"Two things can happen: The drug will start to break down into something not effective or something potentially harmful," Aziz says.
With over-the-counter drugs, it's not a safety issue as much as a potency issue, says Joe Doss, senior vice president and director of public affairs at Nonprescription Drug Manufacturers Association, based in Washington, D.C.
The trade association, which represents 95 percent of the manufacturers of nonprescription medicines in the United States, helps consumers understand how to use over-the-counter medicines safely and effectively, Doss says.
Most over-the-counter medicines carry an expiration date, which is the date beyond which the product should not be used.
The date assures the product meets applicable standards of identity, strength, quality and purity when used, according to U.S. Food and Drug Administration.
Most over-the-counter medications have a two-year expiration date, says Tom McGinnis of FDA's Office of Health Affairs.
The manufacturer must provide data to the FDA to show the product will retain its potency and quality, McGinnis says.
The expiration dates for prescription medications are determined by each state, McGinnis says.
The expiration date is based on the premise that the drug will be staying in the original packaging that comes from the manufacturer, Aziz says. When the drug is removed from the package, it is more susceptible to deterioration, he says.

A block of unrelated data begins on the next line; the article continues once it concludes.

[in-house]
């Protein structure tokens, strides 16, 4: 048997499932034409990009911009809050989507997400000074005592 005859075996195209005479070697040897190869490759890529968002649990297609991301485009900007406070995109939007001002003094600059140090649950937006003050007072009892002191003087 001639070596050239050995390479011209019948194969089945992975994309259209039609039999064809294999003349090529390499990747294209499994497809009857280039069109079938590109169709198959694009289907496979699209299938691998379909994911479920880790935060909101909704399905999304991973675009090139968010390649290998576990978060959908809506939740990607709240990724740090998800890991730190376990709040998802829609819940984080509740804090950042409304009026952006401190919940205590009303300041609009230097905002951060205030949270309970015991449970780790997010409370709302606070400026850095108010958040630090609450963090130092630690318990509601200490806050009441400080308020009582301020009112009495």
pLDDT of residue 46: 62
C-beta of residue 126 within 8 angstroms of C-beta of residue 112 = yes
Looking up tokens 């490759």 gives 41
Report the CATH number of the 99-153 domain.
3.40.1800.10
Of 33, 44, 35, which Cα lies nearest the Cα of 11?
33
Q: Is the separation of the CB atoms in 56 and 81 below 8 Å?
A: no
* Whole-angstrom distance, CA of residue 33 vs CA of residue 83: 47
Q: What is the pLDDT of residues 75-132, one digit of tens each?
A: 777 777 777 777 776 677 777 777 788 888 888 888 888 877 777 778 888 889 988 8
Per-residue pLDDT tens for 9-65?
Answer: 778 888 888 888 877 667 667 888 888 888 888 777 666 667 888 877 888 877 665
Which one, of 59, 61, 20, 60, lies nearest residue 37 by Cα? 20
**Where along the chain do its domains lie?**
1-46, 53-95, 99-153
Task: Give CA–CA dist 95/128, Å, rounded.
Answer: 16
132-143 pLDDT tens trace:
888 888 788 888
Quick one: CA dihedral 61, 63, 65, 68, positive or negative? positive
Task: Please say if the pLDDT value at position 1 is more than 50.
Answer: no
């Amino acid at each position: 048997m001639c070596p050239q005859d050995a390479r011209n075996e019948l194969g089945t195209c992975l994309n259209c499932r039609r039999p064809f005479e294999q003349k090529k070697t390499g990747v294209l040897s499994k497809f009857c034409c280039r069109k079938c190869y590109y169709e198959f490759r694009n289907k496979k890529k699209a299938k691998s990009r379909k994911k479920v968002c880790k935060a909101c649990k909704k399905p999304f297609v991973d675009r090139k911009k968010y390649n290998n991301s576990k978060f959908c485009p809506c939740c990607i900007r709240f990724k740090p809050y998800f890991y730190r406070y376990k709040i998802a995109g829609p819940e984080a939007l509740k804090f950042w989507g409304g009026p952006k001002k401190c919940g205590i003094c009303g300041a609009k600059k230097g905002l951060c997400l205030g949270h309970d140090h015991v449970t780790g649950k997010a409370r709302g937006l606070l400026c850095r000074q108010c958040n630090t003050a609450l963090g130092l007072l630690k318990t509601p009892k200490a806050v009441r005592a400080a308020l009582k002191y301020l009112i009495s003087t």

When to toss?
Keep your medicine supply simple, says Dr. M. Douglas Becker, a Hagerstown pediatrician.
"Everyone has a drawer full of stuff that is outdated," Becker says. "Our complicated, pack-rat lifestyle encourages us to keep things too long."
If an expiration date just includes a month and year, the medication is effective until the end of that month, Aziz says.
He advises consumers to review their medications at least once a year, and dispose of items that are out of date.
"It's amazing how many medications you can accumulate over a year," Aziz says.
Never share your prescriptions with anyone else, and don't take ones left over from a previous illness, Aziz says.
"It's the physician's job to diagnose, and just because you have the same symptoms doesn't mean the medicine will be appropriate. The safest alternative is to get rid of it," he says.
Tips for consumers
Here are a few things to remember when buying over-the-counter medicines:
Always read the package to learn important information such as dosage and storage recommendations, Doss says.
"The key message is to read the label," he says.
Economy sizes aren't always a bargain, and a 500-count bottle of aspirin isn't always the best choice.
If you buy a large bottle, you may be tempted to keep it too long, and if you waste it, you're really not gaining anything, Aziz says.
Make sure that tamper-resistant packaging is intact.
If the product is packaged in shrink wrapping, check to see that it isn't torn, Aziz says.